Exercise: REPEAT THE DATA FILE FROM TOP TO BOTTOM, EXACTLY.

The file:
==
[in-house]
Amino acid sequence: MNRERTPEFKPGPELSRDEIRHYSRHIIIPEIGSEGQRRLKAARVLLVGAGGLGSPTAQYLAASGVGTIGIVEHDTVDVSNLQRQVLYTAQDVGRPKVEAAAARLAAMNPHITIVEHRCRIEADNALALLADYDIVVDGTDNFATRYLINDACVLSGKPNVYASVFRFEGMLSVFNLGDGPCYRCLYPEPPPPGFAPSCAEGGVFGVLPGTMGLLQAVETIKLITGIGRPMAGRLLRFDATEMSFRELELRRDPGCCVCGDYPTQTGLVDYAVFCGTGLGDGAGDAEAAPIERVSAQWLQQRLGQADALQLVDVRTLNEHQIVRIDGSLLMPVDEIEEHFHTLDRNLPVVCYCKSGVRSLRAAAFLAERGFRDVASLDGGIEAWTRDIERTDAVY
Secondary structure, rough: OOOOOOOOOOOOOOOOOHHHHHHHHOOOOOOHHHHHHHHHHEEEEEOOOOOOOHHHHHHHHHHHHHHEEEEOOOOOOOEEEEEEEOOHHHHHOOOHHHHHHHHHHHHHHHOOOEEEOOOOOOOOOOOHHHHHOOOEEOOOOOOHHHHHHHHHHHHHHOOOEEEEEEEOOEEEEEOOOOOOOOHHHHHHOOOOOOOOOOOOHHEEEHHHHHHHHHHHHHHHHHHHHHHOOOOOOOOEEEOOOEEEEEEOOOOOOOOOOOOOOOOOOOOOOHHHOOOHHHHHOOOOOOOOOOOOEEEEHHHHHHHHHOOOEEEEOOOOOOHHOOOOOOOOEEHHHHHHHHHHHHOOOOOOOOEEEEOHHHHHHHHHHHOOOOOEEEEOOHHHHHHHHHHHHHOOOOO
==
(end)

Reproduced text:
[in-house]
Amino acid sequence: MNRERTPEFKPGPELSRDEIRHYSRHIIIPEIGSEGQRRLKAARVLLVGAGGLGSPTAQYLAASGVGTIGIVEHDTVDVSNLQRQVLYTAQDVGRPKVEAAAARLAAMNPHITIVEHRCRIEADNALALLADYDIVVDGTDNFATRYLINDACVLSGKPNVYASVFRFEGMLSVFNLGDGPCYRCLYPEPPPPGFAPSCAEGGVFGVLPGTMGLLQAVETIKLITGIGRPMAGRLLRFDATEMSFRELELRRDPGCCVCGDYPTQTGLVDYAVFCGTGLGDGAGDAEAAPIERVSAQWLQQRLGQADALQLVDVRTLNEHQIVRIDGSLLMPVDEIEEHFHTLDRNLPVVCYCKSGVRSLRAAAFLAERGFRDVASLDGGIEAWTRDIERTDAVY
Secondary structure, rough: OOOOOOOOOOOOOOOOOHHHHHHHHOOOOOOHHHHHHHHHHEEEEEOOOOOOOHHHHHHHHHHHHHHEEEEOOOOOOOEEEEEEEOOHHHHHOOOHHHHHHHHHHHHHHHOOOEEEOOOOOOOOOOOHHHHHOOOEEOOOOOOHHHHHHHHHHHHHHOOOEEEEEEEOOEEEEEOOOOOOOOHHHHHHOOOOOOOOOOOOHHEEEHHHHHHHHHHHHHHHHHHHHHHOOOOOOOOEEEOOOEEEEEEOOOOOOOOOOOOOOOOOOOOOOHHHOOOHHHHHOOOOOOOOOOOOEEEEHHHHHHHHHOOOEEEEOOOOOOHHOOOOOOOOEEHHHHHHHHHHHHOOOOOOOOEEEEOHHHHHHHHHHHOOOOOEEEEOOHHHHHHHHHHHHHOOOOO